Return of one-stoppers won't matter if F1 racing is better - Pirelli

Pirelli thinks an increased chance of one-stop races in Formula 1 this year should not worry fans as long as the racing is better on track.

Lance Stroll, Aston Martin AMR21, in the pits

As part of F1's rules overhaul for 2022, which has included a switch to ground effect cars, official tyre supplier Pirelli is also moving to 18-inch wheels.

The change, allied to a desire to have rubber that is not so sensitive to overheating, has led to the compounds shifting towards being slightly harder.

That will likely mean less degradation, which in turn opens the door for teams to get away with fewer pitstops.

While one-stop races are not the preference for F1 chiefs, Pirelli head of F1 and car racing Mario Isola thinks that fewer stops will not influence the show if there are spectacular battles on track.

"I hope we don't have less strategic variabilities," he said.

"The idea and the way in which we have designed the tyres is to continue to have different strategies, with a mix of one and two stops.

"It is also true that with a new product with less degradation, it is possible that we will have less pitstops and the majority of races could be one stop.

"For me, it is not an issue as long as we have good races and action on track.

"If we have drivers that can push for an overtake, and when overtaking is too easy, it's not good, it is important that drivers are putting a lot of effort in to overtake. That is exactly what spectators want.

"There is a survey made by F1 on that and the majority of feedback on that is that spectators don't want easy overtaking, they want action on track and they want fighting."

Isola is clear that Pirelli's approach with the 2022 tyres is different to before, with it chasing characteristics that drivers have asked for.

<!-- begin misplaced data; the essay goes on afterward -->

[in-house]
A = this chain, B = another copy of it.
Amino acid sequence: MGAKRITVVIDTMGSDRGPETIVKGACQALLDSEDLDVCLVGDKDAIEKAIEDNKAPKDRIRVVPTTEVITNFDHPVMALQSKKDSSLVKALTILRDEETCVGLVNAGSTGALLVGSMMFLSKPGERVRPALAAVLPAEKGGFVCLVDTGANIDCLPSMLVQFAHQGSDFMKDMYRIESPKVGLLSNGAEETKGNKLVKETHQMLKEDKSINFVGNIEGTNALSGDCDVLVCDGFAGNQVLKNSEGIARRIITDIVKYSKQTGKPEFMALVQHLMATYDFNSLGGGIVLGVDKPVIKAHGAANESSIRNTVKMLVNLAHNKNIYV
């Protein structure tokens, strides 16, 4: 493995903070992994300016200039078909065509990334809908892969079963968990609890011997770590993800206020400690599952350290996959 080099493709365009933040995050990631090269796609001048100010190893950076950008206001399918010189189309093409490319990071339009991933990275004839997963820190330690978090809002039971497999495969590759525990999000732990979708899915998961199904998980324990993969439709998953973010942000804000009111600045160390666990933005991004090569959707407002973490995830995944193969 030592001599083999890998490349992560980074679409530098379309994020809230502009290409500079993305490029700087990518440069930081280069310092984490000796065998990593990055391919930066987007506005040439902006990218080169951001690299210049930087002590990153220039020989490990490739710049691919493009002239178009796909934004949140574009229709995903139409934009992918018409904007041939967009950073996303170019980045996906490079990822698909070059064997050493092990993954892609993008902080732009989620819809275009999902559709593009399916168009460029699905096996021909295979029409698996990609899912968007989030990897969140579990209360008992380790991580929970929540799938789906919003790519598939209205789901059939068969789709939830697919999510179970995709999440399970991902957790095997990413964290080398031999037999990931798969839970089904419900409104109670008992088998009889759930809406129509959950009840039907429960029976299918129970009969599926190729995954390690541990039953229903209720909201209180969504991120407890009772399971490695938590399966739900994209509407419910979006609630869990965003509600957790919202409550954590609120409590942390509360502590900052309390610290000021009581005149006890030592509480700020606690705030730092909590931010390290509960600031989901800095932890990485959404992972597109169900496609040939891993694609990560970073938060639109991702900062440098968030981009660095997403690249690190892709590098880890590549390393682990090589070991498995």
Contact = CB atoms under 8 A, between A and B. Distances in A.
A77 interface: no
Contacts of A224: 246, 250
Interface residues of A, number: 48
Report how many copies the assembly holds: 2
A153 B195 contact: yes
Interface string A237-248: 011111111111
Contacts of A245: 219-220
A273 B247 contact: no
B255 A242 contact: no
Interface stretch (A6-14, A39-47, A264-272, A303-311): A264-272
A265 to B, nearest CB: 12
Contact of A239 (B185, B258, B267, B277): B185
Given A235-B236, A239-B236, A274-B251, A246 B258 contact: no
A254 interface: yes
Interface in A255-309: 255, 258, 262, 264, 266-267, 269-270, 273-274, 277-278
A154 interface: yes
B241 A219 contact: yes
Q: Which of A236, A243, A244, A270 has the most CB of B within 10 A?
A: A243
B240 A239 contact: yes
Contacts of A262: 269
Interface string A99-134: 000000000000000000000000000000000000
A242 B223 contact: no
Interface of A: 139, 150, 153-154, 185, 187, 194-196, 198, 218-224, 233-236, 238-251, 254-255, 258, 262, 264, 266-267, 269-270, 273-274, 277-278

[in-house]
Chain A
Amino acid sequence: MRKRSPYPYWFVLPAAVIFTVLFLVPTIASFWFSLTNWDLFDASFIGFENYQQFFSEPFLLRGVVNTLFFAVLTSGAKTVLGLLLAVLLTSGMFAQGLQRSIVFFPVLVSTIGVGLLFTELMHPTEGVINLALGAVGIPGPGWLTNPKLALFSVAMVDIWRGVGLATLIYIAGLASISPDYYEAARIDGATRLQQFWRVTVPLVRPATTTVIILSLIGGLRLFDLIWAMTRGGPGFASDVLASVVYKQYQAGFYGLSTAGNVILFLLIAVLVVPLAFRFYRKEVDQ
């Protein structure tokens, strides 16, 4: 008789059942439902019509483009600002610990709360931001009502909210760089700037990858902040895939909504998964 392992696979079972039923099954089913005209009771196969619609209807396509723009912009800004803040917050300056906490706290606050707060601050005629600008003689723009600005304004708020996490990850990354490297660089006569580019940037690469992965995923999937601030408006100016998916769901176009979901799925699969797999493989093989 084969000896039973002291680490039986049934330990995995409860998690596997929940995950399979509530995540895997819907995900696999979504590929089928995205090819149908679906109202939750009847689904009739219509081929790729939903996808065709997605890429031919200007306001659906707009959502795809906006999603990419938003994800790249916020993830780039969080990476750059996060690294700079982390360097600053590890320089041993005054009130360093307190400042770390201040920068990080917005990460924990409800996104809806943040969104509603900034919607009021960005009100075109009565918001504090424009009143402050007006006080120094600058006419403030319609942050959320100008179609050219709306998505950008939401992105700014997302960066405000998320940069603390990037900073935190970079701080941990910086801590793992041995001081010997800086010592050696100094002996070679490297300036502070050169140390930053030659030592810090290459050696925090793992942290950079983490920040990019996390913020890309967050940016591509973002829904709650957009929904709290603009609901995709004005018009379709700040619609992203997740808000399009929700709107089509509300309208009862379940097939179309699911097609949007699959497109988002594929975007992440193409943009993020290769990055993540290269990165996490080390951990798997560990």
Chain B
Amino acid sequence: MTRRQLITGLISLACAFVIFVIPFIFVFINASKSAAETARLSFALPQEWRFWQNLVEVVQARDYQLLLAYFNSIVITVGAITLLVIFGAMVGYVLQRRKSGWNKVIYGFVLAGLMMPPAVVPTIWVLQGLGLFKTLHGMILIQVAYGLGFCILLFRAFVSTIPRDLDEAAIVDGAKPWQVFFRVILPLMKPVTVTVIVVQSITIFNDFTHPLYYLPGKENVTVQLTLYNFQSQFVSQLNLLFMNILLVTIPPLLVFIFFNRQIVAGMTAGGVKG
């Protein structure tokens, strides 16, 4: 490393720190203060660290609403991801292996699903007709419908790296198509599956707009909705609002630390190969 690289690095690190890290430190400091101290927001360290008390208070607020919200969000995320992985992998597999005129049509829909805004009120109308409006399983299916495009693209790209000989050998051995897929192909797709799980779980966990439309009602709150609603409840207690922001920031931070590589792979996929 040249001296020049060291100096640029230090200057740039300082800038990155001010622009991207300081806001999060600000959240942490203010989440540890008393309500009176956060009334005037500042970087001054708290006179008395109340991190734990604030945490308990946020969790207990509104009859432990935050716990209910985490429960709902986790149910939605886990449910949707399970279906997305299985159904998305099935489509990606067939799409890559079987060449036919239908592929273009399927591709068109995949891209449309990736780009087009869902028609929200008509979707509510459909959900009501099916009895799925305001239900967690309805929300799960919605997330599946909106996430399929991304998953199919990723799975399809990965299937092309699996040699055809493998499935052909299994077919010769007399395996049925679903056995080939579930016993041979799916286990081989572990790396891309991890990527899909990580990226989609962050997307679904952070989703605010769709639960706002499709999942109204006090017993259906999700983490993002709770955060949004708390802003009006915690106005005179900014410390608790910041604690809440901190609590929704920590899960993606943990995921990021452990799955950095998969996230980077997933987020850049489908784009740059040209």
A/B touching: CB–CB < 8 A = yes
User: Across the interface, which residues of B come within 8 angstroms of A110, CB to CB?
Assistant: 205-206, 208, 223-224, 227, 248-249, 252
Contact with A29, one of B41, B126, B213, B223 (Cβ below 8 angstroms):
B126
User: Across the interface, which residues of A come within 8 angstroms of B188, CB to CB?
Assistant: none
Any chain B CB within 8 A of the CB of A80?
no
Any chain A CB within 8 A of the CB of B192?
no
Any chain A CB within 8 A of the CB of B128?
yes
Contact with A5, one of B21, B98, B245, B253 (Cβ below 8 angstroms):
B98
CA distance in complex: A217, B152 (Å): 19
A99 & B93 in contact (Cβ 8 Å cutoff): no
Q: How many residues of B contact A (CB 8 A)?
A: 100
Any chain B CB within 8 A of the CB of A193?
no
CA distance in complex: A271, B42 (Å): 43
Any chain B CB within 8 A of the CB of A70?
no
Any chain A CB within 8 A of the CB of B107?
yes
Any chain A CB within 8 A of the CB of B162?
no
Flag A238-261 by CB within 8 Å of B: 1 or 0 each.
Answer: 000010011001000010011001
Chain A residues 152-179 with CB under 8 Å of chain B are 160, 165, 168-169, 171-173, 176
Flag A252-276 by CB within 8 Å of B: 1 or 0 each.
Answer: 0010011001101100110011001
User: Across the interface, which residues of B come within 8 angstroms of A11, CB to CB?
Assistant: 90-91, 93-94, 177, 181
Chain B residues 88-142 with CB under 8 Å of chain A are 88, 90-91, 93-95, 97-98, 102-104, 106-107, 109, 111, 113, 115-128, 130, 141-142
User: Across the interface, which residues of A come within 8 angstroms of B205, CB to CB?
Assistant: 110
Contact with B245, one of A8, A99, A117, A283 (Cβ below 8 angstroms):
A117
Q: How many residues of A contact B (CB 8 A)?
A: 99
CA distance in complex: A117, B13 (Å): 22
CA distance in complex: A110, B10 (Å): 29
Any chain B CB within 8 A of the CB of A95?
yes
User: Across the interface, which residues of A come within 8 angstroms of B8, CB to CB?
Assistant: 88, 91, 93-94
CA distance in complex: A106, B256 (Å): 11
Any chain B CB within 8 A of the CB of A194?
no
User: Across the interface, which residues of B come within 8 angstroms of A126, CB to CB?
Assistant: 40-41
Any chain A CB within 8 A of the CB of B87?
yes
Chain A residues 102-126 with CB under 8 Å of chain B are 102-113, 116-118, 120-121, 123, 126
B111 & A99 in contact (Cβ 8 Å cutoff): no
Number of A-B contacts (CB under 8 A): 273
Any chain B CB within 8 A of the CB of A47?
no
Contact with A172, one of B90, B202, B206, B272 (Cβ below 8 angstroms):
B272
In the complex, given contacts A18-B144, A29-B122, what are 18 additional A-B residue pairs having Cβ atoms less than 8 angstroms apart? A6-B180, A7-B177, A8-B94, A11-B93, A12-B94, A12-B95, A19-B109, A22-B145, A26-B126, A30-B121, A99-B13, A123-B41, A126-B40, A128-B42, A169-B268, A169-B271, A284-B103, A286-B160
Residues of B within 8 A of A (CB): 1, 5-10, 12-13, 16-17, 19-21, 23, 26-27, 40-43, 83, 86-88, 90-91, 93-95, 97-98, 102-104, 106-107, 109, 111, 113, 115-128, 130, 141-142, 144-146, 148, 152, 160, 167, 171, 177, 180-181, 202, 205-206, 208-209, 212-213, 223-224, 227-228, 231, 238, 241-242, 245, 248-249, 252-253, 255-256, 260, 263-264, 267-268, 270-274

Mario Isola, Racing Manager, Pirelli Motorsport

Mario Isola, Racing Manager, Pirelli Motorsport

Photo by: Steven Tee / Motorsport Images

"This tyre is designed in a different way, with different targets," he said.

"Drivers are asking for less overheating, and less degradation. They want to push on tyres, they want to fight on track.

"We decided, and we agreed with the FIA, FOM, and the teams, to follow this direction.

"So we had to design a new profile, a new construction, optimise the footprint, and design a new range of compounds. It is a complete new product with a new approach."

But despite hopes that the new tyres will work as intended, Isola says a push will be made to improve things further for 2023.

"I hope we don't have a lot of difficulties," he added.

"I believe that we are already planning a 2022 development campaign, as we never stop the development, to be ready in 2023 with an upgraded version.

"If, for example, this year we find that we have to change, maybe one compound, or the delta lap time is not exactly what we expect, or the level of degradation is not exactly what we expect, we have a backup plan to be sure that we move closer to the targets, and we achieve the targets for 2023."

However, he thinks if Pirelli does achieve what is intended, and the 2022 car rules work in allowing cars to follow each other more closely, then F1 could be set for a great season.

"These targets, of delta lap time and degradation and so on, have been decided around the table," he said.

"So we believe that with these numbers, with the simulation, we have better racing. Yes, maybe less pit stops, but more action on track.

"But these are assumptions that we have to validate on track. And, if for any reason, we need to change something for 2023, we are ready again with these working groups."

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